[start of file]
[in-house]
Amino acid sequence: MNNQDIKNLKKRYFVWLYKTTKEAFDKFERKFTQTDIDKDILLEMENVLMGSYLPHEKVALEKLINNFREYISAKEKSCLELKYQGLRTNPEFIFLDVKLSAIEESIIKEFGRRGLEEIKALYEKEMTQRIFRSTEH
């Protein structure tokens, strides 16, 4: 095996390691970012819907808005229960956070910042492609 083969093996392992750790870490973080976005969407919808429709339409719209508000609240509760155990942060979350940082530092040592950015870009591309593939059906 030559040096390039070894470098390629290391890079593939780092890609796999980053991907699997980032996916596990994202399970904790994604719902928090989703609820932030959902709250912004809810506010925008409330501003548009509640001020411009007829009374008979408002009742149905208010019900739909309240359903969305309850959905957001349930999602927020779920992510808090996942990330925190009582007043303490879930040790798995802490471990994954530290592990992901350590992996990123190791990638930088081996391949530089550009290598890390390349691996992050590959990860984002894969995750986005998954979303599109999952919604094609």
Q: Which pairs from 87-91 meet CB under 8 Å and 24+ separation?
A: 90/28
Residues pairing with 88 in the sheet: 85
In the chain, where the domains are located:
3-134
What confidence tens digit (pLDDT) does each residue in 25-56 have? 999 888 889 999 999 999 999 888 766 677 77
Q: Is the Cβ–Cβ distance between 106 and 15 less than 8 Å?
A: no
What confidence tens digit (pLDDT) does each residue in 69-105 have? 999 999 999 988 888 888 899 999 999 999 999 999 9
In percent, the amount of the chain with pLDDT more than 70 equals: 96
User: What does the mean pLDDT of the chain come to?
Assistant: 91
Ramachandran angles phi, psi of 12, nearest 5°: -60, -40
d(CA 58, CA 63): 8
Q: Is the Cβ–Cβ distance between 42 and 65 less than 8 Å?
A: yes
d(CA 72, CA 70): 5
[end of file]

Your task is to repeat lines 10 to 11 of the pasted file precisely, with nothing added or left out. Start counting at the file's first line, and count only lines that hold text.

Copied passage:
Q: Is the Cβ–Cβ distance between 106 and 15 less than 8 Å?
A: no